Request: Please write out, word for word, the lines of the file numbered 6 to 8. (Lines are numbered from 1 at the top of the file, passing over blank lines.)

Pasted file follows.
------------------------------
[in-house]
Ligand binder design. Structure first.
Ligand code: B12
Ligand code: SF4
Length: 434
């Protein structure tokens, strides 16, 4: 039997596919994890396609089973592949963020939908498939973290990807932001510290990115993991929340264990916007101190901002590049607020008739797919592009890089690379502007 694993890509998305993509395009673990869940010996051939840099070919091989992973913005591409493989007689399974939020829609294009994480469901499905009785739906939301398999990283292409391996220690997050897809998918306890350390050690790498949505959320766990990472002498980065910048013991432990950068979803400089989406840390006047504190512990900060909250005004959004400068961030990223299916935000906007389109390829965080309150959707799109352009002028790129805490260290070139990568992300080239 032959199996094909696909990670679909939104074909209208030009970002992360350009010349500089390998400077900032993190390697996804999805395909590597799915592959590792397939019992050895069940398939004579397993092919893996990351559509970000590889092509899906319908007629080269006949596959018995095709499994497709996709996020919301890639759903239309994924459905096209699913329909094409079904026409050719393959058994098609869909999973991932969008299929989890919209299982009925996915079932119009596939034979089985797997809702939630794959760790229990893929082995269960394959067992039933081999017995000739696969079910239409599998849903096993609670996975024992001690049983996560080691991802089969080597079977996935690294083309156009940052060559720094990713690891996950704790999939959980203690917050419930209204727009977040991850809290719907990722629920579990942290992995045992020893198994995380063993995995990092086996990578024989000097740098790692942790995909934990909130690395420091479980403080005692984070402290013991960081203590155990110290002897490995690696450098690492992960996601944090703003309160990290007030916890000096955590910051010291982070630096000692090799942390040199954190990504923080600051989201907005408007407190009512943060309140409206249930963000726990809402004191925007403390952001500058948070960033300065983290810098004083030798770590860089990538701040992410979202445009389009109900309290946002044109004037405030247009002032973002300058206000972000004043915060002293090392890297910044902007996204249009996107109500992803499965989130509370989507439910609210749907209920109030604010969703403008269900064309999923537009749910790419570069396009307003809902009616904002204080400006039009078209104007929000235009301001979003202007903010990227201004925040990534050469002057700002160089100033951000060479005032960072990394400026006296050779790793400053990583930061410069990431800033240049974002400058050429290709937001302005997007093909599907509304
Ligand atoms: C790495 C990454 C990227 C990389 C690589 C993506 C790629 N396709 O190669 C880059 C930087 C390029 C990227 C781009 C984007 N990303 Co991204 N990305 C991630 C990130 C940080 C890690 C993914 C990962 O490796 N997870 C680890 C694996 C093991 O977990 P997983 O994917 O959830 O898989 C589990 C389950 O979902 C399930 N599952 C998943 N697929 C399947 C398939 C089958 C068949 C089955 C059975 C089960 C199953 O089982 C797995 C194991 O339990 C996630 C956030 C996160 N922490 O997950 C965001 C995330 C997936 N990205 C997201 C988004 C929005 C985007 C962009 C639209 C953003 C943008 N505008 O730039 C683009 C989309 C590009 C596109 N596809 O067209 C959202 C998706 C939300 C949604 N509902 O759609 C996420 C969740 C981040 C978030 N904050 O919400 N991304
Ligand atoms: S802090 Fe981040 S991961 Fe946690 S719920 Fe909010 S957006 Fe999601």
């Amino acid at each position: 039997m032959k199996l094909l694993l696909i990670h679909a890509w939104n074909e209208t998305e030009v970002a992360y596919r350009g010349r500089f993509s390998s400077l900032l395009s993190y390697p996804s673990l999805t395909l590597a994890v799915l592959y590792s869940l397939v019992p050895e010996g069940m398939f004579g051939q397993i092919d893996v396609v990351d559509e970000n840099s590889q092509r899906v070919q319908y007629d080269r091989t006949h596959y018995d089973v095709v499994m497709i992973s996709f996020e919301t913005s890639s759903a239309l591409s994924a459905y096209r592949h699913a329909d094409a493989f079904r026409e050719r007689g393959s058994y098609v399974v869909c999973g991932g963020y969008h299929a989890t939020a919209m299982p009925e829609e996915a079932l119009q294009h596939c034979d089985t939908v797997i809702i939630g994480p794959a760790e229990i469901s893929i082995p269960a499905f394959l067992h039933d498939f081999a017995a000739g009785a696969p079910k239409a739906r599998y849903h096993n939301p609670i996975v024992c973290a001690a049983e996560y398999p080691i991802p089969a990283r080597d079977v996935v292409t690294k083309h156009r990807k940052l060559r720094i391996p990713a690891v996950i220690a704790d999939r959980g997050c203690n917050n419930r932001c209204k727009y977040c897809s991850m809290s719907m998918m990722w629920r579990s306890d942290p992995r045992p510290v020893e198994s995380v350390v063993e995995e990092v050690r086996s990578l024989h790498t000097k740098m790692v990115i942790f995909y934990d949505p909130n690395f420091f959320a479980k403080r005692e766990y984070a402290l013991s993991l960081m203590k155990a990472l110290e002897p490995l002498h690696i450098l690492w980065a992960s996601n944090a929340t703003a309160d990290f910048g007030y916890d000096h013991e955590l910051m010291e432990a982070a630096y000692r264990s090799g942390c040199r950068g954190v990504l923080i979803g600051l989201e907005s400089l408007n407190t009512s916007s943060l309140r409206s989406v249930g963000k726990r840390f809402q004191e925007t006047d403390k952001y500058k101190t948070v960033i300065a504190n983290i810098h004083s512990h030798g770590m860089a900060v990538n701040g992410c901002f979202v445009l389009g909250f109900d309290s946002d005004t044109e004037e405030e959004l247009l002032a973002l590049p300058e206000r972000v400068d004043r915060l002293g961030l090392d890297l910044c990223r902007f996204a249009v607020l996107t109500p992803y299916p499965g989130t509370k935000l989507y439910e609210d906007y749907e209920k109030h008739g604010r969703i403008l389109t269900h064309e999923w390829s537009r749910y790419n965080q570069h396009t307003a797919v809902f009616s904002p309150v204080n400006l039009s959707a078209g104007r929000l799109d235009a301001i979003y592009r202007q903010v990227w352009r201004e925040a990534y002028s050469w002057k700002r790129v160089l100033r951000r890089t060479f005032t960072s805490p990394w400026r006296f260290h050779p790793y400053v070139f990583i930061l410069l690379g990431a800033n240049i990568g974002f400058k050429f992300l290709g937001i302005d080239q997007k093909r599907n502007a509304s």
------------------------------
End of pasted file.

């Protein structure tokens, strides 16, 4: 039997596919994890396609089973592949963020939908498939973290990807932001510290990115993991929340264990916007101190901002590049607020008739797919592009890089690379502007 694993890509998305993509395009673990869940010996051939840099070919091989992973913005591409493989007689399974939020829609294009994480469901499905009785739906939301398999990283292409391996220690997050897809998918306890350390050690790498949505959320766990990472002498980065910048013991432990950068979803400089989406840390006047504190512990900060909250005004959004400068961030990223299916935000906007389109390829965080309150959707799109352009002028790129805490260290070139990568992300080239 032959199996094909696909990670679909939104074909209208030009970002992360350009010349500089390998400077900032993190390697996804999805395909590597799915592959590792397939019992050895069940398939004579397993092919893996990351559509970000590889092509899906319908007629080269006949596959018995095709499994497709996709996020919301890639759903239309994924459905096209699913329909094409079904026409050719393959058994098609869909999973991932969008299929989890919209299982009925996915079932119009596939034979089985797997809702939630794959760790229990893929082995269960394959067992039933081999017995000739696969079910239409599998849903096993609670996975024992001690049983996560080691991802089969080597079977996935690294083309156009940052060559720094990713690891996950704790999939959980203690917050419930209204727009977040991850809290719907990722629920579990942290992995045992020893198994995380063993995995990092086996990578024989000097740098790692942790995909934990909130690395420091479980403080005692984070402290013991960081203590155990110290002897490995690696450098690492992960996601944090703003309160990290007030916890000096955590910051010291982070630096000692090799942390040199954190990504923080600051989201907005408007407190009512943060309140409206249930963000726990809402004191925007403390952001500058948070960033300065983290810098004083030798770590860089990538701040992410979202445009389009109900309290946002044109004037405030247009002032973002300058206000972000004043915060002293090392890297910044902007996204249009996107109500992803499965989130509370989507439910609210749907209920109030604010969703403008269900064309999923537009749910790419570069396009307003809902009616904002204080400006039009078209104007929000235009301001979003202007903010990227201004925040990534050469002057700002160089100033951000060479005032960072990394400026006296050779790793400053990583930061410069990431800033240049974002400058050429290709937001302005997007093909599907509304
Ligand atoms: C790495 C990454 C990227 C990389 C690589 C993506 C790629 N396709 O190669 C880059 C930087 C390029 C990227 C781009 C984007 N990303 Co991204 N990305 C991630 C990130 C940080 C890690 C993914 C990962 O490796 N997870 C680890 C694996 C093991 O977990 P997983 O994917 O959830 O898989 C589990 C389950 O979902 C399930 N599952 C998943 N697929 C399947 C398939 C089958 C068949 C089955 C059975 C089960 C199953 O089982 C797995 C194991 O339990 C996630 C956030 C996160 N922490 O997950 C965001 C995330 C997936 N990205 C997201 C988004 C929005 C985007 C962009 C639209 C953003 C943008 N505008 O730039 C683009 C989309 C590009 C596109 N596809 O067209 C959202 C998706 C939300 C949604 N509902 O759609 C996420 C969740 C981040 C978030 N904050 O919400 N991304
Ligand atoms: S802090 Fe981040 S991961 Fe946690 S719920 Fe909010 S957006 Fe999601």